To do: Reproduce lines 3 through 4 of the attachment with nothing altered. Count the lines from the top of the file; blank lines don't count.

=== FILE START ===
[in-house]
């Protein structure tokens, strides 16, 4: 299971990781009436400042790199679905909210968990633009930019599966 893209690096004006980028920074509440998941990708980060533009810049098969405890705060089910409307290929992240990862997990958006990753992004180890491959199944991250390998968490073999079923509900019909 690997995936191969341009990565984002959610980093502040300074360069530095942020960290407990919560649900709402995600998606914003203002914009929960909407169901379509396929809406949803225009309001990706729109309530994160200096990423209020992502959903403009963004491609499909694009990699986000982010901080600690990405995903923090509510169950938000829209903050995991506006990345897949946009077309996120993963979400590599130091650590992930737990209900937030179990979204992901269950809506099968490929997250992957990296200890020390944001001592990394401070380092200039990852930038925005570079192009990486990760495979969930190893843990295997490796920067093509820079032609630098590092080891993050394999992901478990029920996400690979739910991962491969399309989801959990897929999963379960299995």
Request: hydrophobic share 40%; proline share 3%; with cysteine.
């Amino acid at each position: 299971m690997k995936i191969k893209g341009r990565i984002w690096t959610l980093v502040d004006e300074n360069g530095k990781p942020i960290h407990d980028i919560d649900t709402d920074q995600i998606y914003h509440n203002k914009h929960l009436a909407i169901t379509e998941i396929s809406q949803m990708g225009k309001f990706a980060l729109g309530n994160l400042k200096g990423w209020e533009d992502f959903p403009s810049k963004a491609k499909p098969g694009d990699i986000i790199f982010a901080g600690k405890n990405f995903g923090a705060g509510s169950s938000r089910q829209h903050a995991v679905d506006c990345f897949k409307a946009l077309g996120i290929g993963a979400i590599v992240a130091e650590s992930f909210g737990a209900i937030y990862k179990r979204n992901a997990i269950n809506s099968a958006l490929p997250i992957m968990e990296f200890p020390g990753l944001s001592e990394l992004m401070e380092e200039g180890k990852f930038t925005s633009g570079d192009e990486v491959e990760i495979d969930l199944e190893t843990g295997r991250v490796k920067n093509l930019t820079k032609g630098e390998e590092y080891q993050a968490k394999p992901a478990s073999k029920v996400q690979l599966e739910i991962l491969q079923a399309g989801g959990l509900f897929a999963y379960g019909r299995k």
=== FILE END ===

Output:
Request: hydrophobic share 40%; proline share 3%; with cysteine.
């Amino acid at each position: 299971m690997k995936i191969k893209g341009r990565i984002w690096t959610l980093v502040d004006e300074n360069g530095k990781p942020i960290h407990d980028i919560d649900t709402d920074q995600i998606y914003h509440n203002k914009h929960l009436a909407i169901t379509e998941i396929s809406q949803m990708g225009k309001f990706a980060l729109g309530n994160l400042k200096g990423w209020e533009d992502f959903p403009s810049k963004a491609k499909p098969g694009d990699i986000i790199f982010a901080g600690k405890n990405f995903g923090a705060g509510s169950s938000r089910q829209h903050a995991v679905d506006c990345f897949k409307a946009l077309g996120i290929g993963a979400i590599v992240a130091e650590s992930f909210g737990a209900i937030y990862k179990r979204n992901a997990i269950n809506s099968a958006l490929p997250i992957m968990e990296f200890p020390g990753l944001s001592e990394l992004m401070e380092e200039g180890k990852f930038t925005s633009g570079d192009e990486v491959e990760i495979d969930l199944e190893t843990g295997r991250v490796k920067n093509l930019t820079k032609g630098e390998e590092y080891q993050a968490k394999p992901a478990s073999k029920v996400q690979l599966e739910i991962l491969q079923a399309g989801g959990l509900f897929a999963y379960g019909r299995k």